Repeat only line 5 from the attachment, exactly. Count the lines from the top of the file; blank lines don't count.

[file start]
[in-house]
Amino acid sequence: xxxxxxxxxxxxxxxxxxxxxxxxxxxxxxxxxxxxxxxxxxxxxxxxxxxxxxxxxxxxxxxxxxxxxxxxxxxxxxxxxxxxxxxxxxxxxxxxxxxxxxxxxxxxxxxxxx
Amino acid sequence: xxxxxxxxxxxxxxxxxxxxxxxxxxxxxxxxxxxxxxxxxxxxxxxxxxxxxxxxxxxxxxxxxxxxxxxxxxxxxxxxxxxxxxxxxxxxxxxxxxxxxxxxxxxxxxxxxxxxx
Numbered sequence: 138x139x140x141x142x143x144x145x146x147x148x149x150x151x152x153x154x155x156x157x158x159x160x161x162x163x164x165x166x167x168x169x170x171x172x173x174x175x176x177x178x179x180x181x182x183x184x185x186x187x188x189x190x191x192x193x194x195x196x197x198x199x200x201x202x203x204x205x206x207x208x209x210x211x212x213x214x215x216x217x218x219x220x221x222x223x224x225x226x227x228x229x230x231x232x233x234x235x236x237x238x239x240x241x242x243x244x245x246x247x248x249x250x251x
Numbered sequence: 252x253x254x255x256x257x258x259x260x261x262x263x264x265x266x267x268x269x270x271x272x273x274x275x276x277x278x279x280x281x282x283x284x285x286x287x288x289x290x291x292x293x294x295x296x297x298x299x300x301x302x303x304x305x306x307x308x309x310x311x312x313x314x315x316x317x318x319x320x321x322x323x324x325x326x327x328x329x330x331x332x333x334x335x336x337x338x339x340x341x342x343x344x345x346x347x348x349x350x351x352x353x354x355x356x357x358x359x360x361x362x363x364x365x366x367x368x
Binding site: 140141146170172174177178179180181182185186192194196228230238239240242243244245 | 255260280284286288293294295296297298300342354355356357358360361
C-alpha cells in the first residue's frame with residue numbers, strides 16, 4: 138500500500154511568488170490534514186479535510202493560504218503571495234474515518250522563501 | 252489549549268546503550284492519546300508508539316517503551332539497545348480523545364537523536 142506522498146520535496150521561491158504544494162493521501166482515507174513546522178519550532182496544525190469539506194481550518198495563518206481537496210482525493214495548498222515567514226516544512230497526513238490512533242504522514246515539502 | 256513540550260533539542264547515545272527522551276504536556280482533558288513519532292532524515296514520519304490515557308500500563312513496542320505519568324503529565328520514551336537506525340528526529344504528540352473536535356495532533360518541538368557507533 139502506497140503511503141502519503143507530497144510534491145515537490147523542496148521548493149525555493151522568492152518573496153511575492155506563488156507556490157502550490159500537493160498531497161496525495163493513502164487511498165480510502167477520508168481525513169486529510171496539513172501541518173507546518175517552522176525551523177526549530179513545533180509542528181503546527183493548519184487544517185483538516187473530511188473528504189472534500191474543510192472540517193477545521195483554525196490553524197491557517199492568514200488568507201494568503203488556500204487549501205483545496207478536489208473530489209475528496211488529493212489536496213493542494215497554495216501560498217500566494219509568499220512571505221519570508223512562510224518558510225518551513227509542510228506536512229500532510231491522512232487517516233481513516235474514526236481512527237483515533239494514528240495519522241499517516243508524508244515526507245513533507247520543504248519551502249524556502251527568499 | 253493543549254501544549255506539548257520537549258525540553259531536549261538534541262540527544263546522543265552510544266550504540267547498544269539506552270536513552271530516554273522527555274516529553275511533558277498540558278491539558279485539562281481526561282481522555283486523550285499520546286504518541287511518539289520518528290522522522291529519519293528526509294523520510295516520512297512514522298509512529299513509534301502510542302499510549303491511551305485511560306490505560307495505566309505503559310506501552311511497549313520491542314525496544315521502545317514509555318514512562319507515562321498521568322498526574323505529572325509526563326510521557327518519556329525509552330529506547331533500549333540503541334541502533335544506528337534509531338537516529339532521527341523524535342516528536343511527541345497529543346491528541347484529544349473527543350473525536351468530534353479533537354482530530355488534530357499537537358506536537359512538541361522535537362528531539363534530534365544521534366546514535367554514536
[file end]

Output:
Numbered sequence: 252x253x254x255x256x257x258x259x260x261x262x263x264x265x266x267x268x269x270x271x272x273x274x275x276x277x278x279x280x281x282x283x284x285x286x287x288x289x290x291x292x293x294x295x296x297x298x299x300x301x302x303x304x305x306x307x308x309x310x311x312x313x314x315x316x317x318x319x320x321x322x323x324x325x326x327x328x329x330x331x332x333x334x335x336x337x338x339x340x341x342x343x344x345x346x347x348x349x350x351x352x353x354x355x356x357x358x359x360x361x362x363x364x365x366x367x368x